ifo World Economic Survey May 2019

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ifo

WORLD ECONOMIC

SURVEY

2019

May Vol. 18

World Economic Climate

ifo World Economic Climate Recovers Slightly

Advanced Economies

Economic Momentum in Advanced Economies Continues at a Meager Pace

Emerging and Developing Economies

Economic Climate in Emerging Markets and Developing Economies Improves Slightly

Special Topic

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ifo World Economic Survey ISSN 2511-7831 (print version) ISSN 2511-784X (electronic version)

A quarterly publication on the world economic climate Publisher and distributor: ifo Institute

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Telephone ++49 89 9224-0, Telefax ++49 89 985369, e-mail ifo@ifo.de Annual subscription rate: €40.00

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Reproduction permitted only if source is stated and copy is sent to the ifo Institute. All time series presented in this document plus additional series for about 70 countries may be ordered from the ifo Institute. For further information please contact

Mrs. Ikonomou-Baumann (surveydata@ifo.de) Authors of this publication:

Dorine Boumans, Ph.D., e-mail boumans@ifo.de (ifo Center for Macroeconomics and Surveys) Johanna Garnitz, e-mail garnitz@ifo.de (ifo Center for Macroeconomics and Surveys)

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ifo

WORLD ECONOMIC

SURVEY

VOLUME 18, NUMBER 2, MAY 2019

ifo World Economic Climate Recovers Slightly

Economic Momentum in Advanced Economies Continues at a Meager Pace 3

Economic Climate in Emerging Markets and

Developing Economies Improves Slightly 8

Changing World Trade Landscape 12

Figures 16

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NOTES

The World Economic Survey (WES) assesses global economic trends by polling transnational and national organ-izations worldwide on current economic developments in their respective countries. Its results offer a rapid, up-to-date assessment of the current economic situation internationally. In April 2019, 1,281 economic experts in 119 countries were polled.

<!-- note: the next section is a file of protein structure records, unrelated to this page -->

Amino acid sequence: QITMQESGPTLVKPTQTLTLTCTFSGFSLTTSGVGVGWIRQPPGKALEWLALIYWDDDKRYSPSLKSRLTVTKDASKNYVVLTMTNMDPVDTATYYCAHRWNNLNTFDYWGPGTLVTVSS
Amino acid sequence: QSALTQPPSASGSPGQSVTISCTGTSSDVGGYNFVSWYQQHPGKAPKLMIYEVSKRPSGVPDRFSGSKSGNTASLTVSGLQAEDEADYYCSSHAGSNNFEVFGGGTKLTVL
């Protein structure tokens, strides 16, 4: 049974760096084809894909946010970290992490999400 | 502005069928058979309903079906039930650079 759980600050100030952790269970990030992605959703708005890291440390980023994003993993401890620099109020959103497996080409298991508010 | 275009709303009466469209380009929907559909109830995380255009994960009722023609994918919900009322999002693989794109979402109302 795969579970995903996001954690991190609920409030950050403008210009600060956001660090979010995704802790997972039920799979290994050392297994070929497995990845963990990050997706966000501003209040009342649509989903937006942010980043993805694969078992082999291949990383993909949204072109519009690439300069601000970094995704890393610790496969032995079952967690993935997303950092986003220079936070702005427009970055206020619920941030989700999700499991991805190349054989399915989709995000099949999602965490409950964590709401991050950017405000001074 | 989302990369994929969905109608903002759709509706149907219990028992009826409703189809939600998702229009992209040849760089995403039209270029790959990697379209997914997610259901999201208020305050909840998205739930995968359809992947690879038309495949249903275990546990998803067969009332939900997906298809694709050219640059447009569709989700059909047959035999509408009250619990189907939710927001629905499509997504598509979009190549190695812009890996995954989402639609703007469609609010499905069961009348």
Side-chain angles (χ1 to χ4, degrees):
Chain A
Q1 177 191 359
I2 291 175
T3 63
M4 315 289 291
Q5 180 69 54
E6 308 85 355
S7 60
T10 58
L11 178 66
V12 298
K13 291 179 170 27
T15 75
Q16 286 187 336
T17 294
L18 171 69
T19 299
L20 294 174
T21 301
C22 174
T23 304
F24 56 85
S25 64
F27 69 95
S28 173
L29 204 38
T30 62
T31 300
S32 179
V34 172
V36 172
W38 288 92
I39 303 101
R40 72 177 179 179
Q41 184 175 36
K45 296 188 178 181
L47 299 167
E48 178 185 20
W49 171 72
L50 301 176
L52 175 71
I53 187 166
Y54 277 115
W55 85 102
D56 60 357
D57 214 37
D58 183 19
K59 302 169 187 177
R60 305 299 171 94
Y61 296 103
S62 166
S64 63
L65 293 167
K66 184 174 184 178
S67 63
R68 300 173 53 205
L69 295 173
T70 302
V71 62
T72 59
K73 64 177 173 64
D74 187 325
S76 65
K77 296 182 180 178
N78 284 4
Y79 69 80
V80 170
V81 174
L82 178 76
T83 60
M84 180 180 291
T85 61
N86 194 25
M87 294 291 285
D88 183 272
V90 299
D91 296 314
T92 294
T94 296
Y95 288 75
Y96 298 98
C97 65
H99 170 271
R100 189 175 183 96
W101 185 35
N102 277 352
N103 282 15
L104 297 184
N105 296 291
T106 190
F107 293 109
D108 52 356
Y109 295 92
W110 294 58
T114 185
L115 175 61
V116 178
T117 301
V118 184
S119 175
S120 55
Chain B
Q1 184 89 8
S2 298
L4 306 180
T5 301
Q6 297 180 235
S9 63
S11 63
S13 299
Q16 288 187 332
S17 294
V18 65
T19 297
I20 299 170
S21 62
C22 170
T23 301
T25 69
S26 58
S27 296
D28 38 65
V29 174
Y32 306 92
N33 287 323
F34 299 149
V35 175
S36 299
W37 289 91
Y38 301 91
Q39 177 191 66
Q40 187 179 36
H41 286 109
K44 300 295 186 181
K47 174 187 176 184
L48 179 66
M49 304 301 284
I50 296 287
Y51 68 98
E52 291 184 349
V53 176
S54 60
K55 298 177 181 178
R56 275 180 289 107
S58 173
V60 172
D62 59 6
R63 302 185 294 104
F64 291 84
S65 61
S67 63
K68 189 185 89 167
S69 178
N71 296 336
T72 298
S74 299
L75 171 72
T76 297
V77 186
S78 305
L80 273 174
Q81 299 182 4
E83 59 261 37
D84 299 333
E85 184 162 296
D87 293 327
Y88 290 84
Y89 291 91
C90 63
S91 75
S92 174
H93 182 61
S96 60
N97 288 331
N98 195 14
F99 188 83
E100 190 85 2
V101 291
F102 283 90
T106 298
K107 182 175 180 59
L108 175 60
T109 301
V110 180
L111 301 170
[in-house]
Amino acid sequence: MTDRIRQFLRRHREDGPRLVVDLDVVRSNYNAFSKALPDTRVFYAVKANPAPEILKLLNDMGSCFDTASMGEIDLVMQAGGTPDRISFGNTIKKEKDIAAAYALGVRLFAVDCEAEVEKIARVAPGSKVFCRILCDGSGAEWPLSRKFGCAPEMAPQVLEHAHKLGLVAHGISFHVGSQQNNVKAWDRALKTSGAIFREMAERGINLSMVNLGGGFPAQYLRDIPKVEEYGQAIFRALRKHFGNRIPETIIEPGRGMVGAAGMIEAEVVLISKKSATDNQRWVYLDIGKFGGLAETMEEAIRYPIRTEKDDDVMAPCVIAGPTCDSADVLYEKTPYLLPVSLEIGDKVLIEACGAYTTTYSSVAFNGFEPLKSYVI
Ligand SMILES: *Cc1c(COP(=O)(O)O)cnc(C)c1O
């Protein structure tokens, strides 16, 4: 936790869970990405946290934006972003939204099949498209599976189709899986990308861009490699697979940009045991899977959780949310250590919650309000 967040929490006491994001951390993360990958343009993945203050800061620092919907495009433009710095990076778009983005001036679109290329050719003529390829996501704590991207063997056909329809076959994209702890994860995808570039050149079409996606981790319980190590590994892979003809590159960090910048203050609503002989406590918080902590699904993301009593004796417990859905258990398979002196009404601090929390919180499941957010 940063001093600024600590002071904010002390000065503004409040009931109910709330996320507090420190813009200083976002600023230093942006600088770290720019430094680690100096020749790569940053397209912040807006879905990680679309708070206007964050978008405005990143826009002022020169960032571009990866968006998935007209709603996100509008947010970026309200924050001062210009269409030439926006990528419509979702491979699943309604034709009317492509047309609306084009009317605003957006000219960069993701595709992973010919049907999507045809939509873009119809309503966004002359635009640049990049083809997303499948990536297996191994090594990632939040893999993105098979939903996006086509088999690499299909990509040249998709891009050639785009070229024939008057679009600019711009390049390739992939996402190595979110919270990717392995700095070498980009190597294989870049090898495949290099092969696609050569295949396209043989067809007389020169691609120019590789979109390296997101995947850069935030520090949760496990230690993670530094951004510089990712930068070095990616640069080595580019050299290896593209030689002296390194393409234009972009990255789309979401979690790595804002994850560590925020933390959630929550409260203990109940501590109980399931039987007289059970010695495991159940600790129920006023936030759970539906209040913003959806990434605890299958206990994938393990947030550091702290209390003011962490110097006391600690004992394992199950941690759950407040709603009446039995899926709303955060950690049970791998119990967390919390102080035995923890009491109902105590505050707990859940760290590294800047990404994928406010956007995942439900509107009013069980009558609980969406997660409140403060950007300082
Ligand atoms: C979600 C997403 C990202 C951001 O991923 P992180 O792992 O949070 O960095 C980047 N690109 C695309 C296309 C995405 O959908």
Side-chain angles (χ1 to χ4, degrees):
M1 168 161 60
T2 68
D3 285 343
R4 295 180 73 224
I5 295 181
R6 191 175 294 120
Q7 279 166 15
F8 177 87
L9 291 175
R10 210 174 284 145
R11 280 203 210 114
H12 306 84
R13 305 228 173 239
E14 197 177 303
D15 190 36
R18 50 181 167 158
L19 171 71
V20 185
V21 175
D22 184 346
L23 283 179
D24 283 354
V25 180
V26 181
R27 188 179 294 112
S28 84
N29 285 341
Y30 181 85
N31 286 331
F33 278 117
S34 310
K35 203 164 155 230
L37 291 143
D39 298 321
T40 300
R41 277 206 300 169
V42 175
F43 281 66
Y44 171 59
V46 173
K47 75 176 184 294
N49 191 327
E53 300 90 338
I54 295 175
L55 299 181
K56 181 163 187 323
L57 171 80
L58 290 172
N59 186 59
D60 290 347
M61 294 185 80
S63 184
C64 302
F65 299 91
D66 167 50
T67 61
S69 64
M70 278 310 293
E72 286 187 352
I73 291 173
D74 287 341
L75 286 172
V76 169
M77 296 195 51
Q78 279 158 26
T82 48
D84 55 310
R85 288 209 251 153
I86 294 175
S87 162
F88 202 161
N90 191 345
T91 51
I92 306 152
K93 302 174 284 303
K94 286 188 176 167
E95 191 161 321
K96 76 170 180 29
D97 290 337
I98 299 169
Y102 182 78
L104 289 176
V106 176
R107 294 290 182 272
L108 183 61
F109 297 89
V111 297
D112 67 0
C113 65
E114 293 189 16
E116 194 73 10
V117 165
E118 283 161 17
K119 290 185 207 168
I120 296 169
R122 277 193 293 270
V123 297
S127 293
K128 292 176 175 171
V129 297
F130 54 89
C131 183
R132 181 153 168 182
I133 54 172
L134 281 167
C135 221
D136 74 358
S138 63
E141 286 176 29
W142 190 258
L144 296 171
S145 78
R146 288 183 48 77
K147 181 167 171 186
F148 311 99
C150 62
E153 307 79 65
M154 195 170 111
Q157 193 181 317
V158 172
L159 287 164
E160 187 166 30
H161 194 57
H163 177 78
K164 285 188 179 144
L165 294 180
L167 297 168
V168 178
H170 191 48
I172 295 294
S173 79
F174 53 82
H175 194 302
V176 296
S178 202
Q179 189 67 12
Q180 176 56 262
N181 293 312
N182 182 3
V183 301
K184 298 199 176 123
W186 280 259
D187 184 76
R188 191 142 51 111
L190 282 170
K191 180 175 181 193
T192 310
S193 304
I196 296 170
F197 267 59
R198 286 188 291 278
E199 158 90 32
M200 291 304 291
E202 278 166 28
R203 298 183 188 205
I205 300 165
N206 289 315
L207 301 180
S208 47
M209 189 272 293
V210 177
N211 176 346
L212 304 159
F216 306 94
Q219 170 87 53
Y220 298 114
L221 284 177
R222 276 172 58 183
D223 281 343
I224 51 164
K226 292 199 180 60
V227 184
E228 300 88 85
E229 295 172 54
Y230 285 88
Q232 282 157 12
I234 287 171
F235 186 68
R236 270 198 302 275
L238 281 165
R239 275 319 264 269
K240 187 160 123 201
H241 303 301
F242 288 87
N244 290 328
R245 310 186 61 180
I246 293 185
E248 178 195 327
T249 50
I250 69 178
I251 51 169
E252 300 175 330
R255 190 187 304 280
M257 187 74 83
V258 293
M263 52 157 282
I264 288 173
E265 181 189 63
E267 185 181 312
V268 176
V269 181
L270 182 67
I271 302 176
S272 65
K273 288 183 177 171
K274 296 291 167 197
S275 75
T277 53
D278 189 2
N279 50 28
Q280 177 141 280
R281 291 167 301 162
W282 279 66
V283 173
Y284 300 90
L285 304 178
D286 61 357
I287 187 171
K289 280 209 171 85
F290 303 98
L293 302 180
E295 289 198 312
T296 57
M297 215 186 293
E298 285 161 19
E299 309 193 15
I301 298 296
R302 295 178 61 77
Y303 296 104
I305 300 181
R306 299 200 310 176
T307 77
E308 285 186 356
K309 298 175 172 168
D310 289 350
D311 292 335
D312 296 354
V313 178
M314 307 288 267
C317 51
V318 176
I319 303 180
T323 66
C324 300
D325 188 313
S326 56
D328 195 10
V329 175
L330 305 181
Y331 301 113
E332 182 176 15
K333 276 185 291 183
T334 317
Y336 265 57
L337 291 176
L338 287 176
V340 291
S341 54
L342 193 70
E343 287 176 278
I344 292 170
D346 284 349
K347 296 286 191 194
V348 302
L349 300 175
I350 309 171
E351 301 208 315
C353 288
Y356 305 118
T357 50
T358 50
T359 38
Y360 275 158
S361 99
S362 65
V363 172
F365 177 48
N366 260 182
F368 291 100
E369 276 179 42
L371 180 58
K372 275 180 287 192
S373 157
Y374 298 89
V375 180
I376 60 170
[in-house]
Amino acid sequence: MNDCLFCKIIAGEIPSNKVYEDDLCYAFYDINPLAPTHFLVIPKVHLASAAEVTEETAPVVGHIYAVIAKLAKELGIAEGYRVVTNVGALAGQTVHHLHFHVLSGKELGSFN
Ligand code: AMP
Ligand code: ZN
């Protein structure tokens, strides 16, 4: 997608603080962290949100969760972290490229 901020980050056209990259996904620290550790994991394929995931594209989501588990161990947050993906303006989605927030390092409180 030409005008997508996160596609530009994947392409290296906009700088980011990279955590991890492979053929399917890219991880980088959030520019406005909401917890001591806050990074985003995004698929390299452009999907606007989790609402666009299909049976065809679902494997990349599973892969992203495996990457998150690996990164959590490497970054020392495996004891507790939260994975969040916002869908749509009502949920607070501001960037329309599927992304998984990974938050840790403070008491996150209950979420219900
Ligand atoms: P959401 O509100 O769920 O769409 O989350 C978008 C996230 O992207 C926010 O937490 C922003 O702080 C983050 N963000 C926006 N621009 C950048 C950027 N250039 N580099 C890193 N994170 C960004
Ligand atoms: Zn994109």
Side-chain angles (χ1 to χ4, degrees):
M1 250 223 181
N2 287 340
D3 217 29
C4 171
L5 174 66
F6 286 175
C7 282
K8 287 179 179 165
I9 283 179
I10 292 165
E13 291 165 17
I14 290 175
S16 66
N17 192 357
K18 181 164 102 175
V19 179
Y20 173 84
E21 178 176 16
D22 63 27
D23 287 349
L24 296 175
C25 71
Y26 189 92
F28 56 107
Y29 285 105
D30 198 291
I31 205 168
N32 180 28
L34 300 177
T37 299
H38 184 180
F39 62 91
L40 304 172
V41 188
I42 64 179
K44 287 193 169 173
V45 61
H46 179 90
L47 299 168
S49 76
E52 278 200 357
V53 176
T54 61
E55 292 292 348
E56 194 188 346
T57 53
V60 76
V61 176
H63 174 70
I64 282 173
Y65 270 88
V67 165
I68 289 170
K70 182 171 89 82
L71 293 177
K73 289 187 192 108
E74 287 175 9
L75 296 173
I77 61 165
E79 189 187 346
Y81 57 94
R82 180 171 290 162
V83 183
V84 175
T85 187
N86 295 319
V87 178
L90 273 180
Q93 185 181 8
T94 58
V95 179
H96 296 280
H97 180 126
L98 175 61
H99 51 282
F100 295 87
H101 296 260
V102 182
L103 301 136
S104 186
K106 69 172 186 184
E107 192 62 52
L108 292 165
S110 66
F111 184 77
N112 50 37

METHODOLOGY AND EVALUATION TECHNIQUE

The survey questionnaire focuses on qualitative information: assessments of a country’s general economic situa-tion and expectasitua-tions regarding key economic indicators. It has proven a useful tool, since it reveals economic changes earlier than conventional business statistics.

The qualitative questions in the World Economic Survey have three possible categories: “good / better / higher” (+) for a positive assessment or improvement, “satisfactory / about the same / no change” (=) for a neutral assessment, and “bad / worse / lower” (−) for a negative assessment or deterioration. The individual replies are combined for each country without weighting as an arithmetic mean of all survey responses in the respective country. Thus, the respective percentage shares (+), (=), and (−) are calculated for the time t for each qualitative question and for each country. The balance is the difference between (+) and (−) shares. As a result, the balance ranges from –100 points to +100 points. The mid-range lies at 0 points and is reached if the share of positive and negative answers is equal.

The survey results are published as aggregated data. The weighting factors used to aggregate the country results into country groups or regions are calculated using each country’s gross domestic product based on pur-chasing power parity.

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ifo World Economic Climate

Recovers Slightly

The ifo World Economic Climate has recovered some-what. In the second quarter of 2019, the indicator rose from –13.1 points to –2.4 points, having previously fallen four times in a row (see Figure 1). Expectations for the coming months have brightened considerably. In con-trast, the assessment of the current situation has dete-riorated only slightly. This means the global economy should gradually strengthen again over the course of the year. The experts expect the global economy to grow by 3.4 percent this year (see Figure 6). The economic climate recovered in almost all regions of the world as economic expectations brightened (see Figure 2). In most emerg-ing and developemerg-ing countries,